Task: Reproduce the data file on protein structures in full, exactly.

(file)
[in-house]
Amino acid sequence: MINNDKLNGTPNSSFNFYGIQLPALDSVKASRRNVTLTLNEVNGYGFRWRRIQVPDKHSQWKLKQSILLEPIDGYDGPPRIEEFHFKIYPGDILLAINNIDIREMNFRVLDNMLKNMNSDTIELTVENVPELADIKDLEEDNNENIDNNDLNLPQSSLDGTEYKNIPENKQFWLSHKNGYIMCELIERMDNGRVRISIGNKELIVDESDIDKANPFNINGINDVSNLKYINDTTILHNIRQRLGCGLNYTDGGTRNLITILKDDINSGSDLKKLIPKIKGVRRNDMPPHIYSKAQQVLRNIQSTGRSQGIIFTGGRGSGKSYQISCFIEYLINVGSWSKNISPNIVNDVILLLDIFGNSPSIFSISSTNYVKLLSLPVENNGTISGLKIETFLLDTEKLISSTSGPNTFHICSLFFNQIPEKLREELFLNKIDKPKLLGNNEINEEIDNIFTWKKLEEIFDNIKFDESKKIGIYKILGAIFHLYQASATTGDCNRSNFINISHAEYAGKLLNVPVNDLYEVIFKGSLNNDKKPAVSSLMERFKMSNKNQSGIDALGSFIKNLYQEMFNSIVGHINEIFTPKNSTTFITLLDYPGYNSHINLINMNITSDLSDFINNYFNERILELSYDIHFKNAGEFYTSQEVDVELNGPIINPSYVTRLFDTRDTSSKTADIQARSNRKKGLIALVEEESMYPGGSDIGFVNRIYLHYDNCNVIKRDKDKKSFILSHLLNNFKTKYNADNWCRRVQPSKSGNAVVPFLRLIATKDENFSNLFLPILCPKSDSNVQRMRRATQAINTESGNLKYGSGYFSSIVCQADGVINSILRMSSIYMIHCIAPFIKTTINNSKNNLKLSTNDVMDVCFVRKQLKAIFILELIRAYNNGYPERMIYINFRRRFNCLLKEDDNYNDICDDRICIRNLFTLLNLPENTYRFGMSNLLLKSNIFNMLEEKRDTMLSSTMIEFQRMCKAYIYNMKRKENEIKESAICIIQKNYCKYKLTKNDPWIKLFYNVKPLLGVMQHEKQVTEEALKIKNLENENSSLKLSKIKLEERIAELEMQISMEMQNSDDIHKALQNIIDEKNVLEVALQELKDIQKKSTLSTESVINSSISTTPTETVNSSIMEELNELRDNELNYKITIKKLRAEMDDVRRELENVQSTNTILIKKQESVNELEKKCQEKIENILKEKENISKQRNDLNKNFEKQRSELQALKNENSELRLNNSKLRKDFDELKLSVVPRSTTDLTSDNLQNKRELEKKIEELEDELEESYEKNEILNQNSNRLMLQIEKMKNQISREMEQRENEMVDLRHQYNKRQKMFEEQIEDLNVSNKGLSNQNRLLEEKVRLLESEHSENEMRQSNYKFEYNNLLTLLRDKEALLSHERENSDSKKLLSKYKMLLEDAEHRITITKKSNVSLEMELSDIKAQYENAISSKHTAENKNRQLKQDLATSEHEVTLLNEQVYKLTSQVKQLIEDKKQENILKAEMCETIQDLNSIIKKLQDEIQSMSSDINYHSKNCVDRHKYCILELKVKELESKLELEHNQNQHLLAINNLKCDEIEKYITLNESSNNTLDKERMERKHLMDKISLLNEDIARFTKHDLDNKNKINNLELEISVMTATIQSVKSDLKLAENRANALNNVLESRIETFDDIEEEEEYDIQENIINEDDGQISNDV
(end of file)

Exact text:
[in-house]
Amino acid sequence: MINNDKLNGTPNSSFNFYGIQLPALDSVKASRRNVTLTLNEVNGYGFRWRRIQVPDKHSQWKLKQSILLEPIDGYDGPPRIEEFHFKIYPGDILLAINNIDIREMNFRVLDNMLKNMNSDTIELTVENVPELADIKDLEEDNNENIDNNDLNLPQSSLDGTEYKNIPENKQFWLSHKNGYIMCELIERMDNGRVRISIGNKELIVDESDIDKANPFNINGINDVSNLKYINDTTILHNIRQRLGCGLNYTDGGTRNLITILKDDINSGSDLKKLIPKIKGVRRNDMPPHIYSKAQQVLRNIQSTGRSQGIIFTGGRGSGKSYQISCFIEYLINVGSWSKNISPNIVNDVILLLDIFGNSPSIFSISSTNYVKLLSLPVENNGTISGLKIETFLLDTEKLISSTSGPNTFHICSLFFNQIPEKLREELFLNKIDKPKLLGNNEINEEIDNIFTWKKLEEIFDNIKFDESKKIGIYKILGAIFHLYQASATTGDCNRSNFINISHAEYAGKLLNVPVNDLYEVIFKGSLNNDKKPAVSSLMERFKMSNKNQSGIDALGSFIKNLYQEMFNSIVGHINEIFTPKNSTTFITLLDYPGYNSHINLINMNITSDLSDFINNYFNERILELSYDIHFKNAGEFYTSQEVDVELNGPIINPSYVTRLFDTRDTSSKTADIQARSNRKKGLIALVEEESMYPGGSDIGFVNRIYLHYDNCNVIKRDKDKKSFILSHLLNNFKTKYNADNWCRRVQPSKSGNAVVPFLRLIATKDENFSNLFLPILCPKSDSNVQRMRRATQAINTESGNLKYGSGYFSSIVCQADGVINSILRMSSIYMIHCIAPFIKTTINNSKNNLKLSTNDVMDVCFVRKQLKAIFILELIRAYNNGYPERMIYINFRRRFNCLLKEDDNYNDICDDRICIRNLFTLLNLPENTYRFGMSNLLLKSNIFNMLEEKRDTMLSSTMIEFQRMCKAYIYNMKRKENEIKESAICIIQKNYCKYKLTKNDPWIKLFYNVKPLLGVMQHEKQVTEEALKIKNLENENSSLKLSKIKLEERIAELEMQISMEMQNSDDIHKALQNIIDEKNVLEVALQELKDIQKKSTLSTESVINSSISTTPTETVNSSIMEELNELRDNELNYKITIKKLRAEMDDVRRELENVQSTNTILIKKQESVNELEKKCQEKIENILKEKENISKQRNDLNKNFEKQRSELQALKNENSELRLNNSKLRKDFDELKLSVVPRSTTDLTSDNLQNKRELEKKIEELEDELEESYEKNEILNQNSNRLMLQIEKMKNQISREMEQRENEMVDLRHQYNKRQKMFEEQIEDLNVSNKGLSNQNRLLEEKVRLLESEHSENEMRQSNYKFEYNNLLTLLRDKEALLSHERENSDSKKLLSKYKMLLEDAEHRITITKKSNVSLEMELSDIKAQYENAISSKHTAENKNRQLKQDLATSEHEVTLLNEQVYKLTSQVKQLIEDKKQENILKAEMCETIQDLNSIIKKLQDEIQSMSSDINYHSKNCVDRHKYCILELKVKELESKLELEHNQNQHLLAINNLKCDEIEKYITLNESSNNTLDKERMERKHLMDKISLLNEDIARFTKHDLDNKNKINNLELEISVMTATIQSVKSDLKLAENRANALNNVLESRIETFDDIEEEEEYDIQENIINEDDGQISNDV